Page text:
Volunteers, Contract Workers, and Other Nonemployees Who Interact with Patients
- March 15, 2021
Many people who are not employees of the healthcare facility may interact with patients and organization personnel. In this chapter, nonemployees are individuals who are authorized by the facility to perform specific services but do not receive direct compensation or appointment recognition from the facility or hold direct care student status.
To protect patients’ safety, patients’ rights, and patients’ personal health information, it is vital for healthcare organizations to establish expectations and implement processes and protocols for nonemployees.Ref 104-1 Non-licensed non-employee individuals - Human resource requirements. The Joint Commission. https://www.jointcommission.org/standards/stan... - You do not have permission to view this object. Nonemployees include volunteers and contract workers as well as other individuals not employed directly by the facility by authorized by them to provide services. This official nonemployee designation indicates that the facility is aware of and has approved their activities. Therefore, the healthcare facility has the responsibility to establish safe practice policies and procedures for these groups. For the purposes of this chapter, patient personal contacts, including family, friends, spiritual leaders, and others invited by an individual patient are excluded from the definition of nonemployee.
Healthcare industry representatives (HCIR), contracted sitters, contract construction workers, volunteer community clergy, pet therapists, and volunteers are examples of nonemployee individuals who may interact directly or indirectly with organization personnel as well as patients during their inpatient stay. These individuals provide a variety of necessary services, such as delivering mail, flowers, or personal care items to the patients’ bedsides; transporting patients within the facility; providing spiritual support or comfort; providing education or observation; and staffing the gift shop and visitor waiting areas. Other nonemployee examples include HCIR in the perioperative setting, who work directly with personnel to provide technical assistance to the surgical team, and contract construction workers, who may work inside or outside of the healthcare facility.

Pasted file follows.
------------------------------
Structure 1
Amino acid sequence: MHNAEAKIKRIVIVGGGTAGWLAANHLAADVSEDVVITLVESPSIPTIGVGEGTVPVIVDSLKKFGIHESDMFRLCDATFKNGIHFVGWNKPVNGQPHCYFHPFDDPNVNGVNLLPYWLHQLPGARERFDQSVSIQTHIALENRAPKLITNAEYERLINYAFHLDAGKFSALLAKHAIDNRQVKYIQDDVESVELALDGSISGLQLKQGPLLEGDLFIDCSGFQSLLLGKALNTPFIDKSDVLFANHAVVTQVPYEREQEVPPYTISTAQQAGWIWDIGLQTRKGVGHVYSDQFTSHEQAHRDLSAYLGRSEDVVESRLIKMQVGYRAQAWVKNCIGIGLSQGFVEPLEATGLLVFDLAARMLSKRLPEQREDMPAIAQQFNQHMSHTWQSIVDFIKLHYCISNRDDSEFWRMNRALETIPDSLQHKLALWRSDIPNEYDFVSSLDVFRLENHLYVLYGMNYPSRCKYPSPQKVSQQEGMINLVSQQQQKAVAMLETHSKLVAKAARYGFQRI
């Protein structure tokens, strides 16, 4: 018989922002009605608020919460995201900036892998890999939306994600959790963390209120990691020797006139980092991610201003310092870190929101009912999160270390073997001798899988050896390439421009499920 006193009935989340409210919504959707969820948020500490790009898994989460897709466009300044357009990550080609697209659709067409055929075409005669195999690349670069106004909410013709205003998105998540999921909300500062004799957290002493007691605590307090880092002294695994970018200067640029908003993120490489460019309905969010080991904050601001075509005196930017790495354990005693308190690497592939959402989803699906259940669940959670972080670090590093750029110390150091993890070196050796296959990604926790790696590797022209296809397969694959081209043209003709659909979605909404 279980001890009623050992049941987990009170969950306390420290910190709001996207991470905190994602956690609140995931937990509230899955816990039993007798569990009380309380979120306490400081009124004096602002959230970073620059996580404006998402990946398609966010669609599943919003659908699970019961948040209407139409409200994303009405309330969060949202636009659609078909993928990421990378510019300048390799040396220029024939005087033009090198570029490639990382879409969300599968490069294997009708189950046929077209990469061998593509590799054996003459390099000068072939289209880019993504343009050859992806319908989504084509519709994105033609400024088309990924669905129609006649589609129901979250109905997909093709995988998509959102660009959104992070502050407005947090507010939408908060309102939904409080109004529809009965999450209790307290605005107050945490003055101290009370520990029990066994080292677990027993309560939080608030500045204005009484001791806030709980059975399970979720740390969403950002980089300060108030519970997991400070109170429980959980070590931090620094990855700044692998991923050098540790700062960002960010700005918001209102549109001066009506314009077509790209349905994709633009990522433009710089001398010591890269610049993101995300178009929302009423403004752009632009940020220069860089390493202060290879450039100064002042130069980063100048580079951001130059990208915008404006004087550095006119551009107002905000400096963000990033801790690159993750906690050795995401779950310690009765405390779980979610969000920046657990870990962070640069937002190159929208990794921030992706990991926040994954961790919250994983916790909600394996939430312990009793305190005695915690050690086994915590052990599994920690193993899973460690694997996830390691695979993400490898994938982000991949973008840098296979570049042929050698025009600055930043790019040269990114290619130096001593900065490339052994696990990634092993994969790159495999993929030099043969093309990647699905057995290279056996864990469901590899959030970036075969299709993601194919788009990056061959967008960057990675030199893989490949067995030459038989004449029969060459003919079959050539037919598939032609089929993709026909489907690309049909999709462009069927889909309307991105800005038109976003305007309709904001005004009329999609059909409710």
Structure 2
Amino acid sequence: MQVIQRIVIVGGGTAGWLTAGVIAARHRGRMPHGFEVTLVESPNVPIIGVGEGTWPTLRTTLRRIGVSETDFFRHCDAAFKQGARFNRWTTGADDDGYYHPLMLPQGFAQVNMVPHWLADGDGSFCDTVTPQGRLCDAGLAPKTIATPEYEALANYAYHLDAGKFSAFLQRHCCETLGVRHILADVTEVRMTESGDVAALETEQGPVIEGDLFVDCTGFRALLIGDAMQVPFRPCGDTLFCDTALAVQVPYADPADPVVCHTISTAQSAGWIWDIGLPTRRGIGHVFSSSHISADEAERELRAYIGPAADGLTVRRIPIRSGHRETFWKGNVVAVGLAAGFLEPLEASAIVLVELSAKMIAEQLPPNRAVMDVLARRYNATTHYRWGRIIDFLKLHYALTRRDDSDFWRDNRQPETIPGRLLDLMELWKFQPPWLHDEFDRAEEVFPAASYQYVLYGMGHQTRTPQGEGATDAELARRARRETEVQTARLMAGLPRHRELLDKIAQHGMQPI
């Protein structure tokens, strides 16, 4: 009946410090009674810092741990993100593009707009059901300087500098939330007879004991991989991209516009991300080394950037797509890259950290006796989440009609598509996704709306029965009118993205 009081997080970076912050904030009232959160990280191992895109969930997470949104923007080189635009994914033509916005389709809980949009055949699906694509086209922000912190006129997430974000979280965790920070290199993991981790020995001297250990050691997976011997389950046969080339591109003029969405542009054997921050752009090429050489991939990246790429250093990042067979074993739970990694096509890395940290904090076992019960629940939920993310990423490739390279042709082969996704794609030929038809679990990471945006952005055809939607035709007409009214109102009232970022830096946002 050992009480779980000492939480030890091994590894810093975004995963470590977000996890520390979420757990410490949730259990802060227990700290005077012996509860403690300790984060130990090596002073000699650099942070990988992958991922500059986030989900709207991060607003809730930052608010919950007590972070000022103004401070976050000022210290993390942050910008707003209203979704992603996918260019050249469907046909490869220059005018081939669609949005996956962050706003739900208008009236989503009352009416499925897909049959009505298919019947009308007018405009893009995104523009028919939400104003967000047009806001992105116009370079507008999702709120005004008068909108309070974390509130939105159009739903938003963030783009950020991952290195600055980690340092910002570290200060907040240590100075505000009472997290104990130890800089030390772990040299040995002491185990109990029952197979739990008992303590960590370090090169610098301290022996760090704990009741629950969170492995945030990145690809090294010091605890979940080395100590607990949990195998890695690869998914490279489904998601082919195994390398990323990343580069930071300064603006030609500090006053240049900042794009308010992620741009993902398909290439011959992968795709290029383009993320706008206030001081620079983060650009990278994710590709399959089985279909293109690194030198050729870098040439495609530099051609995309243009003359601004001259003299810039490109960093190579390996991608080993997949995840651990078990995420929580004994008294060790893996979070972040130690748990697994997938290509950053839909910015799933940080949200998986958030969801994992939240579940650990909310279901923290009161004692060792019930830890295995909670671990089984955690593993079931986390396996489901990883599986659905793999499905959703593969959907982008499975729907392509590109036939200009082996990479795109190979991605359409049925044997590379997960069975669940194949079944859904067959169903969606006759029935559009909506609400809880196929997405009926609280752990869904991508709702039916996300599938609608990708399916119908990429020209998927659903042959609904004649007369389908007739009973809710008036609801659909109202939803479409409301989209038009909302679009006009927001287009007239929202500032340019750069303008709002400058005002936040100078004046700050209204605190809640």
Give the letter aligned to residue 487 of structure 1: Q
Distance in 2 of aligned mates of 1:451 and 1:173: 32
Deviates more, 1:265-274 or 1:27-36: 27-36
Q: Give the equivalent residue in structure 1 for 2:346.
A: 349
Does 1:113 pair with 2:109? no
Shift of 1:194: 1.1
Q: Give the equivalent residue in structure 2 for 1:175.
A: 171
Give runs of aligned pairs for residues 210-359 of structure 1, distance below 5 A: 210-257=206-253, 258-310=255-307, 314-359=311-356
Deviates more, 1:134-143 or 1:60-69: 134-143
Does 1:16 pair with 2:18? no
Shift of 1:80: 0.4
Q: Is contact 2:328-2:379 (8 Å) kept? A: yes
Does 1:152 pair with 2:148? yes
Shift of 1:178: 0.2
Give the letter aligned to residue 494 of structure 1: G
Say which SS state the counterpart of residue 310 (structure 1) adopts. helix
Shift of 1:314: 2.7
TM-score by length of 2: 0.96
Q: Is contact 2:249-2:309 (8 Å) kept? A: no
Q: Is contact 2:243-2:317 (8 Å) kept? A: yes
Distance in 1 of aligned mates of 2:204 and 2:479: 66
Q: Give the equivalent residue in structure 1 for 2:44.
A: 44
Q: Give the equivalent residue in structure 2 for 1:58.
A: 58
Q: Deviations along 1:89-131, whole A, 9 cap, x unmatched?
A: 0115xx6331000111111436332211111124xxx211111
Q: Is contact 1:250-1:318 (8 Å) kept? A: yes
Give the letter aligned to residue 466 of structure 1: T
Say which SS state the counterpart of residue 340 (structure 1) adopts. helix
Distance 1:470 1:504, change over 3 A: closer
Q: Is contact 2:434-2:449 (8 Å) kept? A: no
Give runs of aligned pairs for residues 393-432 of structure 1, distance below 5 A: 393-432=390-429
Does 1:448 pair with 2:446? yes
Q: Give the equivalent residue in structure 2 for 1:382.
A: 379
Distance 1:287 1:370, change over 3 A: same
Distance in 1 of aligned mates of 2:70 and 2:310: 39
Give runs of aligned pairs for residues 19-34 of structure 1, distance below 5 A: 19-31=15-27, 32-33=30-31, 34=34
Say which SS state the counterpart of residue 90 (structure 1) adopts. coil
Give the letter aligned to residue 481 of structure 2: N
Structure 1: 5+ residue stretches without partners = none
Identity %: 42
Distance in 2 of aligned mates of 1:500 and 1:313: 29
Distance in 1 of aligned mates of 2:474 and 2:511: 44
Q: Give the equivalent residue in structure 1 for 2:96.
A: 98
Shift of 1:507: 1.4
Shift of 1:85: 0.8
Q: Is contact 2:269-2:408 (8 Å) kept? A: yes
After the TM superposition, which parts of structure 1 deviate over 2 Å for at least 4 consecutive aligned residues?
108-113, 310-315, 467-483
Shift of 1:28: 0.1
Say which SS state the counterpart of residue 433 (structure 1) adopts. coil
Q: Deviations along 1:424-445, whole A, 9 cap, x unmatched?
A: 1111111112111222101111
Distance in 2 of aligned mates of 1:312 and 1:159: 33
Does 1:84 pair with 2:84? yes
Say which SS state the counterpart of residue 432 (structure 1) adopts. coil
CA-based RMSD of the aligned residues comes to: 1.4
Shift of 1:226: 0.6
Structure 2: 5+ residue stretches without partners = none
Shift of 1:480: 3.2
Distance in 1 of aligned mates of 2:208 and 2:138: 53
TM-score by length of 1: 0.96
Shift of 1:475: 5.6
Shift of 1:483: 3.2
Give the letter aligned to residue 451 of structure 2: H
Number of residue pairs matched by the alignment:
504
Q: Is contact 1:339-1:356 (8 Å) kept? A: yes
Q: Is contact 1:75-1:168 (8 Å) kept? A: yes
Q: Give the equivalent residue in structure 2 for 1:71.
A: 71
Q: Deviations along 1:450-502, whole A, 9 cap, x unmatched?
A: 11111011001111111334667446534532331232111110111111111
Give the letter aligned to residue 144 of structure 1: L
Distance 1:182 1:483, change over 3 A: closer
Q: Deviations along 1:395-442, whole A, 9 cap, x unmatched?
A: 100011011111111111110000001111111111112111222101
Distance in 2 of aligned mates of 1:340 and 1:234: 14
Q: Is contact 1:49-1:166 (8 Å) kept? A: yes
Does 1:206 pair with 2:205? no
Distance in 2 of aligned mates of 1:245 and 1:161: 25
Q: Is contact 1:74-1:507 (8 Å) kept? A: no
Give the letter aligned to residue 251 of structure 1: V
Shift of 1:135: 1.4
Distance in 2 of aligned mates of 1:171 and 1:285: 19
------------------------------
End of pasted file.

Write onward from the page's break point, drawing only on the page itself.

Nonemployee individuals working in the healthcare environment should receive orientation to include facility specific healthcare policies, procedures, and protocols that protect patients and personnel. Nonemployee personnel in the clinical setting must understand the transmission and prevention of disease within the framework of their duties to reduce the risk for exposure to potential pathogens. Each facility should establish a plan for protecting approved nonemployee individuals that includes a list of allowed and prohibited duties, evidence of an initial two-step tuberculosis skin test and annual tuberculin skin test guided by the facility’s annual tuberculosis risk assessment and individual state laws, as well as a personal health history that includes immunization status. Nonemployees should receive education and communication on facility policies, procedures and plans on topics including hand hygiene, standard and transmission-based precautions and isolation signage, as well as expectations regarding the utilization of personal protective equipment (PPE) and other measures to decrease the risk of exposure.